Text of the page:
- [Instructor] In the previous movie you saw how to use the sum and average functions. On this worksheet called Functions, we're about to use the function that you might not need if you're just getting started with Excel, but eventually you are likely to use what is the third most frequently used function in Excel. It's called VLOOKUP. It has a companion called HLOOKUP, and as of late August of 2019, a new function being introduced called XLOOKUP actually will replace VLOOKUP and HLOOKUP. And the whole idea behind a function like this is to allow you to pull together related information. Now, sometimes when you're doing this you're working with different worksheets at the same time. In the simple example we're going to show you here, we've got a list in column G of some ID numbers, and we need to associate them with an employee name. And over in columns A through D we've got a huge list, thousands of rows potentially. And rather than sorting the data and jumping back and forth to try and find these IDs, let's actually use this XLOOKUP function, the new XLOOKUP function. And by the way, that function does, in addition to combining the capabilities of these two functions, it introduces some new efficiencies and also gets over some of the limitations of the other two functions. Equal XLOOKUP, I'm about to type this in cell H2. If you've never worked with functions beyond sum and average, you're a little bit surprised, perhaps, as you type in a function name, you put in a left parenthesis, you will be seeing some indications as to what is required. And optionally, within brackets, some additional features too. This doesn't tell you everything you need to know. But most of the time when you use XLOOKUP you'll be saying, I've got a value, for example, the one in G2. We can click this or type in G2. We then put in a comma. Now what we see highlighted lookup array. Where are we looking? We are looking in column C. Now simply with the left mouse button, click column C, comma. And what are we looking for? We see the pop-up return array. We're looking to find the related information over in column A. And that's all we need to do in this particular example. I'll press enter. You don't have to put in a right parenthesis when using a function by itself. I'll press enter, and we have an answer. Now we're not verifying that just yet, but we do want to copy this formula down the column, point to the lower right-hand corner, that fill-handle, hold down the left mouse button, and drag down here. Now possibly one of those ID's is visible on the screen over here, in fact the last one is. Here's David Diaz right here, 30573, we happen to see that information right here in row eight. And there he is with 30573. So that's working there, and also Juan Bishop here up in row four. So we see at least two examples where it's working, so we're assuming they're all working. Let me also, as I click on the cell up here in H2, we can see in the formula bar, I'll also double-click momentarily so you can see it in more detail. We're looking up G2, trying to find it in column C, when we find it we jump into column A and return that amount. We could not have done this VLOOKUP because it cannot look leftward. That's what we're doing here, so this overcomes that limitation. And over in column K something similar, this time we're looking ID, and almost the same idea, except this time we'll be looking rightward. The lookup function XLOOKUP, we're looking at cell J2, comma, once again we're looking in column C, comma. And when we find that match we want to go into column D to find the compensation amount. And enter. And here too, like before, we'll drag from that lower right-hand corner, click and drag with the left mouse button downward. And one of those numbers might exist over there. This is 111,283, I think we have that over, yes we do, over in row nine. That's for Adam Frost. And his ID is 26621, that matches up with what we see over here in column J. Now, many times, and this is well beyond the scope of this course, you're likely to encounter if you look up in a much more sophisticated situation, and here too XLOOKUP will fill the bill. Two large lists, one column N through R, another column U through Z. Many times when you're trying to reconcile information and lists or pull them together, turn them into one list, you'd be looking at VLOOKUP and now in XLOOKUP to pull together the information from these different lists. A powerful function in Excel, XLOOKUP.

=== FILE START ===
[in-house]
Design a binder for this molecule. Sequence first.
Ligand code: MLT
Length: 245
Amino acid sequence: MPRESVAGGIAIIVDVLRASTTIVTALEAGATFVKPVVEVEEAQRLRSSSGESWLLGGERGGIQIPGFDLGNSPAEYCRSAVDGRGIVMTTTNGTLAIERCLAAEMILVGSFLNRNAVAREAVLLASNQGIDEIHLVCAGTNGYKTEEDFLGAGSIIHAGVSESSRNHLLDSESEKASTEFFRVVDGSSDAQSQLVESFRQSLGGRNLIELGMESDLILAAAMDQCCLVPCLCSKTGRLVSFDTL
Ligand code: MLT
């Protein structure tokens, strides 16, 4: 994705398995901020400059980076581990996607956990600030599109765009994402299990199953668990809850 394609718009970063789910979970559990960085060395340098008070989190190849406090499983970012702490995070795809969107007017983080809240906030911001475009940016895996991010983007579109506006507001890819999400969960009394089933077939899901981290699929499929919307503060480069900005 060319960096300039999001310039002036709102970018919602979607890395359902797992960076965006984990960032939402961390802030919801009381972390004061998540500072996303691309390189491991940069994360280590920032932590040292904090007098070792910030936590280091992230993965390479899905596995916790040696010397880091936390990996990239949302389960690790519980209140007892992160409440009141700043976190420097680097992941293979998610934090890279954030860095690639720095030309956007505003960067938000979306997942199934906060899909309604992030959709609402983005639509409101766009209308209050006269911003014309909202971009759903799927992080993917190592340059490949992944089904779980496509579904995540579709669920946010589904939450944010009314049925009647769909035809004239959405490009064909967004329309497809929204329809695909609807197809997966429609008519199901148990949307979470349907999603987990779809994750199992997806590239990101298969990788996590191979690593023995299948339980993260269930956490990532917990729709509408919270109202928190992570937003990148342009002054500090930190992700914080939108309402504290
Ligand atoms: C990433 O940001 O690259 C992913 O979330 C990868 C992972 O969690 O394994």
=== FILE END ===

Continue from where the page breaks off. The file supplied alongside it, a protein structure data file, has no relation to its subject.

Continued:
- Describe the process for adding a command to the Quick Access toolbar.
- Cite the shortcuts for Undo and Redo.
- Name the keys commonly used to move, copy, and insert data.
- Explain how to create a chart.
- Summarize the process for freezing and unfreezing panes.
- Describe methods for sorting data.
- Explain how to create Pivot Tables.
Skill Level Beginner
Q: This course was updated on 1/7/2019. What changed?
A: A new video was added that covers working with Excel Ideas.